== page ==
Sunday, September 06, 2015
Although this has been generally known for decades, the global will to do anything to counteract the trend of global warming has been, basically, a dismal failure. The Kyoto protocol, so celebrated in its time (back in the 1990s), was, with all its faults, a wonder of international diplomacy. Yet there were major national polluters who never adopted it at all and others who never acted within its principles in a serious fashion. And the reason for this is obvious. In a competitive world, to ask the nations of the world to voluntarily gear down on their economic engines, is wasted breath at best. Indeed, knowing a little bit about human behavior, it should be obvious that just asking the world to try to cut down on its energy use, is a strategy of minimal efficacy.
To my mind, it kind of like asking a severe diabetic to, y'know, try to cut down on the sweets. That strategy might work on a minority of well-motivated patients, but will far and large be an abject failure. Global warming is just like many modern human diseases - they are problems stemming from human behavior. Granted, they could be fixed by simply changing people's behavior, but that just ain't going to happen. I think that continuing to harp on trying to reduce carbon emissions are well intentioned, but just are not going to cut it. The world's appetite will not slake and the CO2 will continue to rise.
So, why aren't we trying other things? There are plenty of drugs that exist which treat and control diabetes, heck there are even surgeries which may even offer a cure. Sure, most type-2 diabetes is caused by human behavior, but so what? We can treat it by intervening in other ways. Can the same be said about global warming?
Yes! The issue is not that humans are releasing too much CO2 into the atmosphere. The issue is that it stays there and causing too much warming. But there are things we can actively do which can pull CO2 out of the atmosphere and put it in safe places. This is little different from pulling sugar out of the bloodstream and putting it back into cells where it's safe. For one, a major carbon sink are the world's forests. When trees grow they grab carbon from the air and use it to grow. Granted, stopping active deforestation is the simplest and cheapest way to maintain this carbon sink, but the world could also be actively reforesting millions of acres of unused flatlands. It's so simple, but adding millions of trees to our world would be awesome for our ecology, biodiversity and would suck in billions of tons of CO2 from our atmosphere. Why is this not already being done?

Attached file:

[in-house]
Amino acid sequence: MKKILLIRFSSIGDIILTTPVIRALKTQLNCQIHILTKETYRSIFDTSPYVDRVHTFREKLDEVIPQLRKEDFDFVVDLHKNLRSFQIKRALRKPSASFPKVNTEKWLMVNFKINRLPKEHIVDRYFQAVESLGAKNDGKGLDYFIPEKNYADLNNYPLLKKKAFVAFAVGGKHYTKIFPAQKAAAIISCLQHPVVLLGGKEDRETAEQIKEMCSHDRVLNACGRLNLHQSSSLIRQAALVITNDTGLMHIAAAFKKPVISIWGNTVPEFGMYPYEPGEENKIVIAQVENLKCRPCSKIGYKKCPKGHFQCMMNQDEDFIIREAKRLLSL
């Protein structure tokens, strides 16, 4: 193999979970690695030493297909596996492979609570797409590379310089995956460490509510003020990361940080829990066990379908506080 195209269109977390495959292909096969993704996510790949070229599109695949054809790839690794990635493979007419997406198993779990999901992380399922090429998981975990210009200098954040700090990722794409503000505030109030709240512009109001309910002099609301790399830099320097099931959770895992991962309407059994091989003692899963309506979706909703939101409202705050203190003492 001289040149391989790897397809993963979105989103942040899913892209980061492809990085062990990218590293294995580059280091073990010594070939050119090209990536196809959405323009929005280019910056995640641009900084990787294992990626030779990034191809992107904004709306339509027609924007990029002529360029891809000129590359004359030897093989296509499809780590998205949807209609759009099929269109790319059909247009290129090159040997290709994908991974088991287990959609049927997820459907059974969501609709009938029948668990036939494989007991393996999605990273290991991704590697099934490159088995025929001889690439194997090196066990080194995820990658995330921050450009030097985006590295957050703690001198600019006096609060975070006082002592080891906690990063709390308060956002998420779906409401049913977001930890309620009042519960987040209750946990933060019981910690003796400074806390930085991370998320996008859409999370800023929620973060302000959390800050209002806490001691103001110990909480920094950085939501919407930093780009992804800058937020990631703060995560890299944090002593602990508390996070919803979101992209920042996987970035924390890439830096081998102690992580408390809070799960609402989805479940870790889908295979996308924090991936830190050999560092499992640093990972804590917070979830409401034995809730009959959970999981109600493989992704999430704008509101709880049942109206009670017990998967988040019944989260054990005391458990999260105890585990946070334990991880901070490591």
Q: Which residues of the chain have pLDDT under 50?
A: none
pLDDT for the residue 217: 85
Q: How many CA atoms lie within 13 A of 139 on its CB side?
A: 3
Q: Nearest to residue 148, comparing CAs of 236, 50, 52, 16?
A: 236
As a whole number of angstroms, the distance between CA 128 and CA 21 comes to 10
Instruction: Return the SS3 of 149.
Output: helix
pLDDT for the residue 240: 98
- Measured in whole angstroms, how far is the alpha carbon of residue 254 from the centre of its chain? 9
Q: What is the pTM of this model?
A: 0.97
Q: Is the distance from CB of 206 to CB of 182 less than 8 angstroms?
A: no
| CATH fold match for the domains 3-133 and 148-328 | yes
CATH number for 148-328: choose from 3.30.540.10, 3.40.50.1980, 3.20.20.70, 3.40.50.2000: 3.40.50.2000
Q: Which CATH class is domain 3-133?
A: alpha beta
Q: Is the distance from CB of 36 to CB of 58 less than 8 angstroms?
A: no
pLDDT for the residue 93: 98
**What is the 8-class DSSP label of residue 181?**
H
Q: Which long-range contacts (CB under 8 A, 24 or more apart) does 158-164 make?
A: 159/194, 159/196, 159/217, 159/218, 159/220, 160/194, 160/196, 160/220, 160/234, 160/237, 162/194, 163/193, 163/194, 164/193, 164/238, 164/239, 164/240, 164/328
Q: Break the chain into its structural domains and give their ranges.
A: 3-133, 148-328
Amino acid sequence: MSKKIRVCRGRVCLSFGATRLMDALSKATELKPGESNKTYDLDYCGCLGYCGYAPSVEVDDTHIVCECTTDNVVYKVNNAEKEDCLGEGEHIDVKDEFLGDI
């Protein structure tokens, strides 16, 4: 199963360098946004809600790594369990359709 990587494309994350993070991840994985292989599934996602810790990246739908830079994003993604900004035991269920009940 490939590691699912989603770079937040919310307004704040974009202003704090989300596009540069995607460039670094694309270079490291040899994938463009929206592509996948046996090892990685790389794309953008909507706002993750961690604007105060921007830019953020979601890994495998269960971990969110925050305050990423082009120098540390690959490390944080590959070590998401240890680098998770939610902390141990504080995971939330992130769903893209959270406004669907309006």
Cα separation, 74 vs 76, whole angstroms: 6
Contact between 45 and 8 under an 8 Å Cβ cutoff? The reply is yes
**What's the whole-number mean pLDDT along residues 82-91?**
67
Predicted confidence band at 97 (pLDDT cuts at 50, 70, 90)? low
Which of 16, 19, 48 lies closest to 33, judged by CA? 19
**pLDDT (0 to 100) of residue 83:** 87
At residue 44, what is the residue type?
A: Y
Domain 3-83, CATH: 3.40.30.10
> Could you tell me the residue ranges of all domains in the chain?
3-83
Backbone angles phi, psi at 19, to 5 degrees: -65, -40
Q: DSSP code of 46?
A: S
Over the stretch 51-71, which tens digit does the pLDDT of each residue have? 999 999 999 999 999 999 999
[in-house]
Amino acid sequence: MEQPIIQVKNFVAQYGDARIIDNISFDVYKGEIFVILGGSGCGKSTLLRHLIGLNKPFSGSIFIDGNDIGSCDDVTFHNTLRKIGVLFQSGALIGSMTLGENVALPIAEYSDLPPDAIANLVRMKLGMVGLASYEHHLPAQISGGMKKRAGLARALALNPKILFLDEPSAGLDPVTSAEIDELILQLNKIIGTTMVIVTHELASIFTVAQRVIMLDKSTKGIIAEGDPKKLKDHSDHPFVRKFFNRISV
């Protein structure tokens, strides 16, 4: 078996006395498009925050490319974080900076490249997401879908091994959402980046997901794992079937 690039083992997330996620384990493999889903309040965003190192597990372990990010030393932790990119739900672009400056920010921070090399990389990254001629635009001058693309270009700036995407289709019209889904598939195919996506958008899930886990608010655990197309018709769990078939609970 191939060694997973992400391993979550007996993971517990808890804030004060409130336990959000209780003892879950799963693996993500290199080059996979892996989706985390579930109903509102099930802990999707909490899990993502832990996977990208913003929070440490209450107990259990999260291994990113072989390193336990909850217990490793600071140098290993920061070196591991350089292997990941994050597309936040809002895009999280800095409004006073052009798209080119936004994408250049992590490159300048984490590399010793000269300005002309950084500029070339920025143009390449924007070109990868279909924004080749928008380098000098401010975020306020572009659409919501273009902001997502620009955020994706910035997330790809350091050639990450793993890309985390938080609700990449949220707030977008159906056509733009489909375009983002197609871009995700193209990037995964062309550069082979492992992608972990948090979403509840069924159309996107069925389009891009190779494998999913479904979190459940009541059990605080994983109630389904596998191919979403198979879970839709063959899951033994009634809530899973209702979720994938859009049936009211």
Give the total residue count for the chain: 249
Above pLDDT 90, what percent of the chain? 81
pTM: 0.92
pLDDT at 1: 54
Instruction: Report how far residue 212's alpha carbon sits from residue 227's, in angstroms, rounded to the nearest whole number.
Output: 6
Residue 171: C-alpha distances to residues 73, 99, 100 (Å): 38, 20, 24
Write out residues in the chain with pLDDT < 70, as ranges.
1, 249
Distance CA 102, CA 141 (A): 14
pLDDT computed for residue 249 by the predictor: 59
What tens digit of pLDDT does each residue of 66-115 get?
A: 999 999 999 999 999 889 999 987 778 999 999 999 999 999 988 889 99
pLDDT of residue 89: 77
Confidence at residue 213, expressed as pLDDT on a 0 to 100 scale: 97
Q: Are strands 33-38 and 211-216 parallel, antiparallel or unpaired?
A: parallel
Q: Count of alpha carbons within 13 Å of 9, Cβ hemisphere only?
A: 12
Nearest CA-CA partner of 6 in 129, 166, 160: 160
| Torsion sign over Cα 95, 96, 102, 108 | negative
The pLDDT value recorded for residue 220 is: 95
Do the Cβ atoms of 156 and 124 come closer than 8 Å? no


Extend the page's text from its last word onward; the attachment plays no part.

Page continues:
Iron is an excellent fertilizer for ocean algae. With carefully selected ocean sites, we could be dropping tons of cheap iron particles which would create huge algae blooms with loads of carbon dioxide stuck within it. The algae would eventually die and then sink to the ocean floor, taking all of that carbon down with it. This literal carbon sink could keep the carbon safely out of the atmosphere for millennia. There are numerous other hypothesized mechanisms to trap carbon out of our atmosphere. Some are higher tech and may cost more, but are still worth considering. I don't need to list all of them here. If you are truly interested, the internet is available to all for perusal.
Now, managing the carbon is just one side of the equation. The other major variable is simply the heat itself. Even if atmospheric carbon levels remained unchanged, is there something we can do that would cool the Earth? Of course! What killed the dinosaurs? Global climate change set off by a meteorite which on impact released huge amounts of dust into the atmosphere which blocked the Sun's rays and cooled the Earth. It's also been shown that the release of sulfate compounds from volcanic eruptions cause climatic cooling effects. Could this be done artificially? Sure. There have even been more imaginative proposals to modify sunlight by placing mirrors or lenses in orbit.
The bottom line is that global warming is happening. The best solution would be to cut down on our emissions, but that just ain't gonna happen - and even if it did, it's probably too late. The next best thing is to make some alternative interventions. Like in medicine, there may be side effects, but I'd rather brave those than to just allowing global warming to happen.
[Plus, keep an eye on this venture. It's the most reasonable engineered mechanism for fusion power that I have yet to see.]
Friday, June 19, 2015